A private duet
By Sue Ellen Melo
The lobby was quiet, the lights were low. The stillness suited Caroline’s mood perfectly. From behind the heavy, Oak doors of the ballroom came the muted sounds of people laughing, glasses clinking and music. Everyone inside appeared to be having a wonderful time. Caroline knew she was expected to join the dance, to flirt, laugh, and let everyone know she had put her fiancé’s senseless death behind her and, she was ready to love and live again. The problem was, she was not sure, she was ready to join the world of the living.
Caroline still felt a profound sadness when she thought of Jefry, his laughing, green eyes, his ready smile, The gentle way he prodded her out of her shy reserve in larger gatherings, and a million other things.
“There you are Caroline,” a voice gently scolding invaded the woman’s thoughts, “The twins sent me to find you. You cannot mope around out here. You will never meet anyone that way.”
Caroline looked up to see her younger sister Liza walking toward her from the direction of the restroom. Liza was a petite blonde with delicate features. She wore a pink, chiffon dress, and matching high heels. Her hair fell in a tumble of curls past her shoulders. Caroline admired her sister’s beauty and confidence. She secretly envied her a little. Caroline had the same long, light blonde hair though hers was perfectly straight and a shade darker. Liza’s eyes were the color of a summer sky while Caroline’s were a lighter, softer hue.
“I’m not much of a dancer.” Caroline tried.
“So don’t Dance. Have a nice, civilized chat.” Liza said.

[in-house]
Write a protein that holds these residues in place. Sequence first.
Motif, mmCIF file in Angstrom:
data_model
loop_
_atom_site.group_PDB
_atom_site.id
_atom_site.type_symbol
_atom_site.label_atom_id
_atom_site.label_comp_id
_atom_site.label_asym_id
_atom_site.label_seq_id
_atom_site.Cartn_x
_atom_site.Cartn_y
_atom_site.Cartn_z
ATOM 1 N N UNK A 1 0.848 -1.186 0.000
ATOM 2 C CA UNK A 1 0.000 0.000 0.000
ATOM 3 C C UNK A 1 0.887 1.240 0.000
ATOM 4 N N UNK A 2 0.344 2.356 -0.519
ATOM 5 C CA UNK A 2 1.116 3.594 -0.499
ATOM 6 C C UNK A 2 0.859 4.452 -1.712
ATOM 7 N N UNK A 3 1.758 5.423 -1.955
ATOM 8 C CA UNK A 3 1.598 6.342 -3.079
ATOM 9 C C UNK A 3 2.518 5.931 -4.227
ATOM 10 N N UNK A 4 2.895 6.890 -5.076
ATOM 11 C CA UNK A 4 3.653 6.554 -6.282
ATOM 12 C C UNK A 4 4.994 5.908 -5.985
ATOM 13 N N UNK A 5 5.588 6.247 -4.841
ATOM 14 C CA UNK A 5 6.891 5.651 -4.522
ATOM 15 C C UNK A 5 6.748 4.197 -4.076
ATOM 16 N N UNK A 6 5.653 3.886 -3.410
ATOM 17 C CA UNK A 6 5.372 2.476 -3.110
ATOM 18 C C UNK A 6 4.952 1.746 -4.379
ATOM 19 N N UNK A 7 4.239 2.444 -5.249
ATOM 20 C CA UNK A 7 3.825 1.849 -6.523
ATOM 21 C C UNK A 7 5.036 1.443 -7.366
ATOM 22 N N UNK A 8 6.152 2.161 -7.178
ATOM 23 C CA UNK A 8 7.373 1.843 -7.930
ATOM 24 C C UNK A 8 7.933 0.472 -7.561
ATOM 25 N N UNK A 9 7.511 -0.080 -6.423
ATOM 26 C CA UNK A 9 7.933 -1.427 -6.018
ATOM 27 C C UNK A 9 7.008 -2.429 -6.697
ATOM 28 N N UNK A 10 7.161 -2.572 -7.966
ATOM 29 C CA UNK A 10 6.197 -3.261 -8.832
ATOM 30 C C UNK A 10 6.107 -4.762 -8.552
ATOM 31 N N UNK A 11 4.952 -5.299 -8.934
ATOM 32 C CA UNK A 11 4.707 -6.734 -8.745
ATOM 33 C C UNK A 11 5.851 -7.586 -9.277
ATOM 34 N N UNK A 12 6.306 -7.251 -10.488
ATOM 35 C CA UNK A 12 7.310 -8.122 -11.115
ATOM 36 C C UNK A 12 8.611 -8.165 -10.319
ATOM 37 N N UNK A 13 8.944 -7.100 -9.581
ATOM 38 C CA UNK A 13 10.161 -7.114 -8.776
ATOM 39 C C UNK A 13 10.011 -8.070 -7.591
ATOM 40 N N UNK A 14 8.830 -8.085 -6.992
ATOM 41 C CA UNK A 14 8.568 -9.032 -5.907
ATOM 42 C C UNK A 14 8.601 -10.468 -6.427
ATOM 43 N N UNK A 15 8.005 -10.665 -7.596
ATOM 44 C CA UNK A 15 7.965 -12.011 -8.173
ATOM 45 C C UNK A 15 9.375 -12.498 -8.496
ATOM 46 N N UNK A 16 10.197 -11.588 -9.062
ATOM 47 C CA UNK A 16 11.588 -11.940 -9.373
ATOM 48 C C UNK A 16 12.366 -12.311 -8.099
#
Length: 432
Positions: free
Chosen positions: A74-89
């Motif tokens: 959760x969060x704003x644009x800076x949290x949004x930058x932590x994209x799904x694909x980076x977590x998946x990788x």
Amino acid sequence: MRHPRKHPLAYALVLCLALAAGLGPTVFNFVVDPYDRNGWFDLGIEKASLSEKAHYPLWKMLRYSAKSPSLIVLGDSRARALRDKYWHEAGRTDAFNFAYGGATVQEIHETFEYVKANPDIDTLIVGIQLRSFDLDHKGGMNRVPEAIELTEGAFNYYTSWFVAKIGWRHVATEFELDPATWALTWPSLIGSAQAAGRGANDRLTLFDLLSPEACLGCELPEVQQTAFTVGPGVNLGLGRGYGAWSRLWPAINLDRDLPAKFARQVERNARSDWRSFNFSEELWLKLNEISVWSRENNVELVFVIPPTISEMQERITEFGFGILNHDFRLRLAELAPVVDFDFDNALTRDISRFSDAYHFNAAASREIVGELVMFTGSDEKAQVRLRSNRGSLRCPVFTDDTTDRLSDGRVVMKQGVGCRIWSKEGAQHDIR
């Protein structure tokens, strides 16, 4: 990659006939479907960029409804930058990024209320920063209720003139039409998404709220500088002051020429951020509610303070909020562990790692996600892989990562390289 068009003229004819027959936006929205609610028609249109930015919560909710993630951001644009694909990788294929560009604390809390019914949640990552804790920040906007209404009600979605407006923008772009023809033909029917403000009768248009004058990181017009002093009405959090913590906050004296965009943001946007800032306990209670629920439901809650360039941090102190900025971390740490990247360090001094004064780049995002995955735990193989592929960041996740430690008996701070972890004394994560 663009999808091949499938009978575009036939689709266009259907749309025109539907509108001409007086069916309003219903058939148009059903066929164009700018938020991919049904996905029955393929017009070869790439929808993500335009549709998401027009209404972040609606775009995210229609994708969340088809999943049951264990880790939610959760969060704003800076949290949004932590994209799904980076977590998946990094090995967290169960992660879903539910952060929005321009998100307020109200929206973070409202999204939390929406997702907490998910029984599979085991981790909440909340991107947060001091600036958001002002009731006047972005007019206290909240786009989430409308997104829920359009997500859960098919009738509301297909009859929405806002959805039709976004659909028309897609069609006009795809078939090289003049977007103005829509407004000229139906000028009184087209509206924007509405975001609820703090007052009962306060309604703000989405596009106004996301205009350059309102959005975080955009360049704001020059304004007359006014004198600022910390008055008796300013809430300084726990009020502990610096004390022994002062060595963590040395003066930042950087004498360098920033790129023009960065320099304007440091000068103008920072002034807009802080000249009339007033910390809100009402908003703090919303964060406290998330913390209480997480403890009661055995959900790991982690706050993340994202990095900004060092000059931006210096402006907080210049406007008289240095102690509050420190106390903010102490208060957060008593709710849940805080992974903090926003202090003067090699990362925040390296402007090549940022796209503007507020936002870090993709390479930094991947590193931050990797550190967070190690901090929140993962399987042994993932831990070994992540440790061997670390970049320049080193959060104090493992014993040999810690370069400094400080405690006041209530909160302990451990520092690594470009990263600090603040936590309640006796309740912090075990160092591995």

“About what?” Caroline said, “I don’t care about reality shows or fantasy football. Besides, if you want to talk you practically must sit in a person’s lap the music’s so loud.”
“Nothing wrong with that.” Liza’s voice rang with laughter and a slight flush crept into her cheeks.
“That’s not me.” Caroline stood and turned toward the door to the street. “This was a mistake; I’m going to get an Uber and go home.”
“You’re not even trying to move on. Do you really think Jefry would want you to just sit in that apartment reading the Bronte sisters and plunking the keys of that piano you know you never really wanted?”
Caroline knew she had a point, at least about Jefry not wanting her to hide from the world.
“Trust yourself.” Jefry had always told her, “You have more to offer than you think. People love your kindness and your intellect and if they don’t, it’s their loss.” It had been easy to be brave with him at her side, holding her hand firmly in his. Alone, Caroline didn’t trust herself. She didn’t believe she would get the joke or laugh at the right time. She was sure people saw her as gullible when she interrupted her walks through Old Town putting money in a pan handler’s tin can, or weird when she would explain the origin of the name of the alcoholic drink they were enjoying or give an arcane fact about a painting in a museum. Now, with the advent of smart phones, streaming services, and an increasingly casual attitude toward intimacy, Caroline was convinced she could not navigate the world of singledom as it was. Liza was right though, she should at least try at happiness, even if it was just to stand quietly and watch Liza and their twin cousins have a wonderful time flitting about the room in their colorful attire.